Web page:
There is no one there.

“Yesterday, upon the stair,
I met a man who wasn’t there
He wasn’t there again today
I wish, I wish he’d go away…”

This excerpt from a little poem, entitled Antigonish, has frightened me ever such a little bit since I was young. It strikes me now that it has not a little of the Lynchian about it. It is contradictory, or perhaps paradoxical, it’s a little frivolous, comedic even, and yet that last line, the repetition of “I wish”, has always seemed to me to underline the fact that this man’s ‘appearance’ on the stairs, and his refusal to leave, is less funny than it is terrifying.

The poem goes on:

“When I came home last night at three
The man was waiting there for me
But when I looked around the hall
I couldn’t see him there at all!
Go away, go away, don’t you come back any more!
Go away, go away, and please don’t slam the door… (slam!)

Last night I saw upon the stair,
A little man who wasn’t there
He wasn’t there again today
Oh, how I wish he’d go away.”

Of course the addition in the last stanza of the word “little” brings to mind the man from another place, but it’s more the blatant impossibility of this man that… well, that scares me just a little bit even to this day. I know it’s probably meant as nothing but a piece of absurdist verse to make you smile a bit then forget it, but I never have.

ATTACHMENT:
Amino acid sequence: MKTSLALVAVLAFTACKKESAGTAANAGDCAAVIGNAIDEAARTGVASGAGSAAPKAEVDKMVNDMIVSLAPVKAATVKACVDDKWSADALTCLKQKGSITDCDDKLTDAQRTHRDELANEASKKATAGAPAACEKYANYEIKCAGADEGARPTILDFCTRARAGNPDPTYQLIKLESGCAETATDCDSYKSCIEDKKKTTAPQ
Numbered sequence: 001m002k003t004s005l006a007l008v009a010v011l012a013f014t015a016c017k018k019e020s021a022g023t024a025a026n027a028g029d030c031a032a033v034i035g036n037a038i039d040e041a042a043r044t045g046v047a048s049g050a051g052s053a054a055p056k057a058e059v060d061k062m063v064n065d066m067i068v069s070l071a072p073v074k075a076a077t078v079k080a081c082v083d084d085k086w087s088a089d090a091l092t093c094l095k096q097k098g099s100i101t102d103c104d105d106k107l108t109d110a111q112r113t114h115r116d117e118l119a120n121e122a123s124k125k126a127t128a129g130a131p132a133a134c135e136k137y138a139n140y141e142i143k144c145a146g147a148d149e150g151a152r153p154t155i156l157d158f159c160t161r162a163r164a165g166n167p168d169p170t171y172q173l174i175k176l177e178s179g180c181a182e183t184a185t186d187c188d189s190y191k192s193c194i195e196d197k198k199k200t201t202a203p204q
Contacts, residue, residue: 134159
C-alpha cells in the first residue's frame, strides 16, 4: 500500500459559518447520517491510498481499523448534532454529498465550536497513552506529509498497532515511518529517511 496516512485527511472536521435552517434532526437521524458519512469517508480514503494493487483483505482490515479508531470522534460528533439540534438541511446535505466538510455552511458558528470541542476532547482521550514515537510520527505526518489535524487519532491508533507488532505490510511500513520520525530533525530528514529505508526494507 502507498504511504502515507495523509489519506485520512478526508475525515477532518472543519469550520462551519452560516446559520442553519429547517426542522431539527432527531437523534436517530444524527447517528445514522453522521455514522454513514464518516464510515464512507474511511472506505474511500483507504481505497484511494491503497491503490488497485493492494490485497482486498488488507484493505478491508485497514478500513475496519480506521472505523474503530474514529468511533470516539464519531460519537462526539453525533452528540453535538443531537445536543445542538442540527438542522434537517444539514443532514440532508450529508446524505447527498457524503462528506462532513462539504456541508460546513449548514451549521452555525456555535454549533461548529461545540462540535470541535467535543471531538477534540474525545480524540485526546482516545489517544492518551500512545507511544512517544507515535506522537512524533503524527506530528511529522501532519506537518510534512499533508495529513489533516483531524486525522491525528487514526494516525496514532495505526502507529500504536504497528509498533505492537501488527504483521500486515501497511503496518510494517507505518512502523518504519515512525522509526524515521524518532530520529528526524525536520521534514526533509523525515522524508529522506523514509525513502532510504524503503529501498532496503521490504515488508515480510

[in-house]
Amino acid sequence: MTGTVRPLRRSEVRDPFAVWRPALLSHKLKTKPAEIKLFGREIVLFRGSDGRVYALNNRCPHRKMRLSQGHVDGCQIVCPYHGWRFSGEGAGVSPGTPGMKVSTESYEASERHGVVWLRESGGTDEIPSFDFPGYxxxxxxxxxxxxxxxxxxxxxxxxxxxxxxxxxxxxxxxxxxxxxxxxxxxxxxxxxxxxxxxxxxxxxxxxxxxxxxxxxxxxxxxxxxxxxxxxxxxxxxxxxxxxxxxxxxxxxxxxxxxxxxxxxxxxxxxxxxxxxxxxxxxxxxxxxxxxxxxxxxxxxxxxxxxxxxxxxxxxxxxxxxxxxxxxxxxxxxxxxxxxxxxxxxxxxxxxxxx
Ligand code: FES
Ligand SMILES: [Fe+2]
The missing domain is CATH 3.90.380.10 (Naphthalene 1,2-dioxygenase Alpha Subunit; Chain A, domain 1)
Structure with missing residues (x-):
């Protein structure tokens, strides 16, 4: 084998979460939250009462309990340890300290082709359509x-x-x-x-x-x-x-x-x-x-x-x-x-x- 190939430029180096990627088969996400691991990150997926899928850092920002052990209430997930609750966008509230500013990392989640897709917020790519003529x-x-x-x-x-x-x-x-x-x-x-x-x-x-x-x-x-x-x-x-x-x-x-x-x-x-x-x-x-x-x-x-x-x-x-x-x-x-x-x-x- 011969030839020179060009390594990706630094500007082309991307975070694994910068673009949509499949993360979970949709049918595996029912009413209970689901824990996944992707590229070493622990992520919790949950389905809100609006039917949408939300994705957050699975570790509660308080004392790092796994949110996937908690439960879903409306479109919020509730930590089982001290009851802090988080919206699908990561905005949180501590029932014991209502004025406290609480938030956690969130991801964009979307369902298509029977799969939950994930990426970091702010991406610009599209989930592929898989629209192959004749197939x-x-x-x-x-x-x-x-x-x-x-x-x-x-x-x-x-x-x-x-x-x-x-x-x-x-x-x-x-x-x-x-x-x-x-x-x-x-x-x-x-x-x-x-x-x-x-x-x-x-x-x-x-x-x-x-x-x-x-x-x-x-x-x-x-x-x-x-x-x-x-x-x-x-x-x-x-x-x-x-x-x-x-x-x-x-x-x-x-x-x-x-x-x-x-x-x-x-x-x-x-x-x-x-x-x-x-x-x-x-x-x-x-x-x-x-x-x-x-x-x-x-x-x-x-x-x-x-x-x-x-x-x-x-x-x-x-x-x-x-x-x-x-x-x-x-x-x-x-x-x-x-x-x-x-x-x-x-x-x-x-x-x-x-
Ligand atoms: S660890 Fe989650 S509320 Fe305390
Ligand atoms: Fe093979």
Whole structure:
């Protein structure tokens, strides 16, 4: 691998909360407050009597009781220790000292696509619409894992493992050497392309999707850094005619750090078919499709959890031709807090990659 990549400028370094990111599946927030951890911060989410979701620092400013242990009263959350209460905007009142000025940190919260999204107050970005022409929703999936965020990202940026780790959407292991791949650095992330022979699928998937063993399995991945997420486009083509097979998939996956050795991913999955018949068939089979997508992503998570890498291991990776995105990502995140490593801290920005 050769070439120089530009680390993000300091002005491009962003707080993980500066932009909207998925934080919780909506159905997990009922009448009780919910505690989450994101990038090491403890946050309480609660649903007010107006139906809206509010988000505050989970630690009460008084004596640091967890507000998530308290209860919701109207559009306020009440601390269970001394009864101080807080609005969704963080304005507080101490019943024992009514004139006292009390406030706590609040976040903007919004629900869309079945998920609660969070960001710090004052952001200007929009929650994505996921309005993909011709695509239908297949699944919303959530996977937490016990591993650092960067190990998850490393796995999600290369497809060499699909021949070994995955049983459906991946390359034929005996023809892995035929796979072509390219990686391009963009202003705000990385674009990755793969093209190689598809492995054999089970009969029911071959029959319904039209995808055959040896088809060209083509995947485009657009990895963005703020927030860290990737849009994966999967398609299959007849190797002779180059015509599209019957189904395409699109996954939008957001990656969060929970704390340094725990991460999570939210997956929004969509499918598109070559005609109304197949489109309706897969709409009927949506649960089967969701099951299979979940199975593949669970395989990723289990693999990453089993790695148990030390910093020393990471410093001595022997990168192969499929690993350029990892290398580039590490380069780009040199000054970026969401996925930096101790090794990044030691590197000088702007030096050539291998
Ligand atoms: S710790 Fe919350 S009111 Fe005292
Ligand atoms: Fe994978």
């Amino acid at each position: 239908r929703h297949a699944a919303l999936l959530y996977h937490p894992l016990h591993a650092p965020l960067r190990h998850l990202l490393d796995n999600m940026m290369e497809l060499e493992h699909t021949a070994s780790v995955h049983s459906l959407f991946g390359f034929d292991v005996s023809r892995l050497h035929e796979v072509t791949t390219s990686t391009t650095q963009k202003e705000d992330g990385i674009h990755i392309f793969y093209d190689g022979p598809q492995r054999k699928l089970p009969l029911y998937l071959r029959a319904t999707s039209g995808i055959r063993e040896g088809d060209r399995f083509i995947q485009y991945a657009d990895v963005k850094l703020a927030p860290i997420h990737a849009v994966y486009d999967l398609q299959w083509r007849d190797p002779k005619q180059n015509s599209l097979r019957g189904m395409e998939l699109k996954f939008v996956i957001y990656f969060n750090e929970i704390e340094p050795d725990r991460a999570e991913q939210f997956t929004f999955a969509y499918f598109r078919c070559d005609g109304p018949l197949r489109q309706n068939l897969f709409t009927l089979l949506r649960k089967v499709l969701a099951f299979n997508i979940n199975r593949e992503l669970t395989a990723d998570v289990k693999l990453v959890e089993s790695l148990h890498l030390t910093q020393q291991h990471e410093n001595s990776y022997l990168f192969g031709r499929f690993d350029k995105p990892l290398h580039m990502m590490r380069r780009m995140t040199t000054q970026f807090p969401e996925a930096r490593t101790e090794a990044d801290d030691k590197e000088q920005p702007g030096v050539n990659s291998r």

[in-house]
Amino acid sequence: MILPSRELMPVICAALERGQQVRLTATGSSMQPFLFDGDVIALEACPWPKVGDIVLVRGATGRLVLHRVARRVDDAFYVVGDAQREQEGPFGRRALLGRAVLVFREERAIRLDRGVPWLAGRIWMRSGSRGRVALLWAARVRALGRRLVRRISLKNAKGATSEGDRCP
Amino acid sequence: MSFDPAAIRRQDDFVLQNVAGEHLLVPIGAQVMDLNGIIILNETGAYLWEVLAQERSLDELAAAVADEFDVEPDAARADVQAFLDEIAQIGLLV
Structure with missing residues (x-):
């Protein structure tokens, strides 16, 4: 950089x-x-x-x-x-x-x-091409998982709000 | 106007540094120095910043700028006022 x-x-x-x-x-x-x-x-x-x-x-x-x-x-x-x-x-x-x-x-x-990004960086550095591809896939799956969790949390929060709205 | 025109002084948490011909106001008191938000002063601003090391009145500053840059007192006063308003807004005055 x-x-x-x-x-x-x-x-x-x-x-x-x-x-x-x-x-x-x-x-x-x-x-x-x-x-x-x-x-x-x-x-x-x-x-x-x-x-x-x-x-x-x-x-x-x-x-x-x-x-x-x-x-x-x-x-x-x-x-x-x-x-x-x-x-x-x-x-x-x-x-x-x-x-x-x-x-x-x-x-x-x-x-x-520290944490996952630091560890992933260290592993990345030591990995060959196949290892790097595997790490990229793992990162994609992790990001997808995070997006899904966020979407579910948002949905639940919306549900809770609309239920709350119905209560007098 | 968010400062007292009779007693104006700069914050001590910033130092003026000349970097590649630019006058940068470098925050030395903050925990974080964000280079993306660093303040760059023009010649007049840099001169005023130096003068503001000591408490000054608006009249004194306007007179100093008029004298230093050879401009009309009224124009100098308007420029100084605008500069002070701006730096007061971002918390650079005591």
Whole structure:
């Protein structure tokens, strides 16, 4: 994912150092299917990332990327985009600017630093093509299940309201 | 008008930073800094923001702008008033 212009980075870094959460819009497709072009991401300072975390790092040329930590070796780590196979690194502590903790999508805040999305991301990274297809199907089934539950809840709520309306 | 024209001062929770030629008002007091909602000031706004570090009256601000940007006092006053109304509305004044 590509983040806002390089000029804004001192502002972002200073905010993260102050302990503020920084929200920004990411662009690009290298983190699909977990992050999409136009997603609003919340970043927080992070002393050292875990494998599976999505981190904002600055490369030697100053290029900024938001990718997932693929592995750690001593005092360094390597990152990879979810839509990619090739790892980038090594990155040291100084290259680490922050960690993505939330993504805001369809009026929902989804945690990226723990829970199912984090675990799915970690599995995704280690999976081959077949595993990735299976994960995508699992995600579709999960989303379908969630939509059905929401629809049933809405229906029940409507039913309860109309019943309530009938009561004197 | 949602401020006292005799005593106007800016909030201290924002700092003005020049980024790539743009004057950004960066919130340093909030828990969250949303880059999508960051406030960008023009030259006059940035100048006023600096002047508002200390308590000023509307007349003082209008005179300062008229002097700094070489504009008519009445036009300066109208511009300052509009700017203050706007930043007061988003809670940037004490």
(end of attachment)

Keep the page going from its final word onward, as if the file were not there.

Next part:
It will not surprise many who know me to learn that from the age of around 4 to perhaps 12 or 13, I had nightmares almost nightly. Sleeping with the light on didn’t help because, of course, when your eyes are closed it’s always dark. Nowadays I very seldom remember my dreams but when I do, they’re often… ‘unpleasant’. And it’s the strange dream logic, the ability of very ordinary or seemingly innocent or only vaguely uncanny things to scare the living shit out of you, that’s something I always think about when I think of the above poem.

Lynchian as all-get-out, I’d say. One thing David Lynch does better than perhaps any film maker or artist I know of, is scare me. Why I happen to like it, is perhaps a question for another time, or indeed a lengthy and expensive bout of therapy.

Another instance of the poem that no doubt anchored it in my young mind, and which also frightened me quite a bit, was it’s use in an episode of Sapphire & Steel, a series often scary as hell, weird as fuck and, if our motif isn’t getting too tiresome, not a little Lynchian:

Despite its dated effects and somewhat overwrought acting, I would certainly recommend Sapphire & Steel to any and all Lynch fans; all episodes of which are available on DVD.

And finally, another echo of the poem from yet another (in)famous David:

“We passed upon the stair,
We spoke of was and when.
Although I wasn’t there,
He said I was his friend…”

– David Bowie, from The Man Who Sold The World

~ by benjaminlouche on September 25, 2010.

Leave a Reply

Fill in your details below or click an icon to log in: Logo

You are commenting using your account. Log Out /  Change )

Google photo

You are commenting using your Google account. Log Out /  Change )

Twitter picture

You are commenting using your Twitter account. Log Out /  Change )

Facebook photo

You are commenting using your Facebook account. Log Out /  Change )

Connecting to %s

%d bloggers like this: